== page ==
I wrote in “Male and Female Red Winged Blackbirds” :

Even if birds are resting, they can take off suddenly. So I make sure shutter speed is above 1/160 sec. If shutter speed is below that, you may need to raise ISO.

So, I checked with my old seagull images.

Shutter Speed

Here is an example shot with shutter speed 1/160 sec.

ƒ/5.6, 1/160, ISO 200, focal length105 mm 

seagull13_ 051

I like showing wing motion. But I wish had set a larger number f-stop of 8, so I could have focused on the eye.

The larger the f-stop, the smaller the aperture. The smaller the aperture, the greater the depth of field. With a greater depth of field, more of the bird comes into focus.

The seagull below has almost the same pose as the one above. But since shutter speed is much faster (1/500) than the seagull above, the wings are frozen and this seagull looks like a statue.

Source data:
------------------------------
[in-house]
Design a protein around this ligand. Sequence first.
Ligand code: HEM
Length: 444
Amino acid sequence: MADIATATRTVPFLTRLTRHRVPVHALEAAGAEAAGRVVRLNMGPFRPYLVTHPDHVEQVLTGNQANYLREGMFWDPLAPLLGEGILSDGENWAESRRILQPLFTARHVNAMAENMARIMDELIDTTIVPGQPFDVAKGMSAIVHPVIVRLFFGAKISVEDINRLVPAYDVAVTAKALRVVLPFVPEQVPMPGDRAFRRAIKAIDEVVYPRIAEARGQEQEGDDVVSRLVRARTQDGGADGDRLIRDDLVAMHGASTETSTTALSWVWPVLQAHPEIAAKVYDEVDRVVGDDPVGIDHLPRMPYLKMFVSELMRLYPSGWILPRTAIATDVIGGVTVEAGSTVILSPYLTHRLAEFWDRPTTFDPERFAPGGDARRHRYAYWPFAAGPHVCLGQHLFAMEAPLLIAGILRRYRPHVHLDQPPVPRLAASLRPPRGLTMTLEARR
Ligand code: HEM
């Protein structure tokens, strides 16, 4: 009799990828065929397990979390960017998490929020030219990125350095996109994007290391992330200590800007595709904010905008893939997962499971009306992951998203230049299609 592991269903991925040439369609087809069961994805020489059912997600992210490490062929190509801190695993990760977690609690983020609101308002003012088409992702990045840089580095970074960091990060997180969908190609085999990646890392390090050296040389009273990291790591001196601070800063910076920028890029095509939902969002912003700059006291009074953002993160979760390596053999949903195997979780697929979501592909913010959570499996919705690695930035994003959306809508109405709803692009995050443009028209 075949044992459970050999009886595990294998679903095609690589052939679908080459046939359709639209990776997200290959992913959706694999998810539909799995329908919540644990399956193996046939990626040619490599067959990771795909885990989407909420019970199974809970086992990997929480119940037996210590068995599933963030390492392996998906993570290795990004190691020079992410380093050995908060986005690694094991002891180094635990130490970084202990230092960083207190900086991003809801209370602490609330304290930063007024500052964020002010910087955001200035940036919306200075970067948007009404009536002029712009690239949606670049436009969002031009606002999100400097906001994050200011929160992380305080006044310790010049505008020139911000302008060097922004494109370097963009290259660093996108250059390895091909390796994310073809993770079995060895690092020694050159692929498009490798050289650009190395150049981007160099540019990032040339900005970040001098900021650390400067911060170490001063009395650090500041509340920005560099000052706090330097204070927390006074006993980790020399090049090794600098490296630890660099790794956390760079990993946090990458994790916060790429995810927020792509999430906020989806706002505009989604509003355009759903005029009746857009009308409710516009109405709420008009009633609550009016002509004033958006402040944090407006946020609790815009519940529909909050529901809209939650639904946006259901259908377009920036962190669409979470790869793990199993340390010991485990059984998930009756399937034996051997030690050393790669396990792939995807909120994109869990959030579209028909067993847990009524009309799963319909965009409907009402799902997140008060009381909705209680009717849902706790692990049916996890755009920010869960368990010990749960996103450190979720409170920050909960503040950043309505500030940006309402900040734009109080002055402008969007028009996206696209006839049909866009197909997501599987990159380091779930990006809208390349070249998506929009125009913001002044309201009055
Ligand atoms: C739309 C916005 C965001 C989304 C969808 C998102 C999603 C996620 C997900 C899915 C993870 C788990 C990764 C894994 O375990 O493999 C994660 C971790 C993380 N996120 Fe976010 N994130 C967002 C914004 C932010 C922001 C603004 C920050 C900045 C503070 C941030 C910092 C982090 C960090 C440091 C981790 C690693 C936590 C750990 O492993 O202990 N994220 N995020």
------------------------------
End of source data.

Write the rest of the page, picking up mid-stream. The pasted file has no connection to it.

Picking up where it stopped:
ƒ/5.6,1/500, ISO100, focal length 225 mm

seagull12_ 19

Can you guess why the second seagull’s whole body is focused  despite the same f-stop as the first one? 

Aperture

The answer to the question above:

  • The first gull’s head to tail is not in a same plane.
  • The second gull’s entire body is in the same plane.

Aperture diagram

The larger the aperture, the smaller the f-stop number. I wish they had made it the opposite. It would have made more common sense.

If I were using a wide lens, for example, 16-50 mm lens, the first seagull would have focused from head to tail, but I used a telephoto lens (focal length 105mm).

With longer focal lengths, you need to close the aperture (increase the f-stop) to focus the entire subject.

 

Note:
Camera setting info of seagull header image:
f/7.1, 1/250, ISO125, 125.0 mm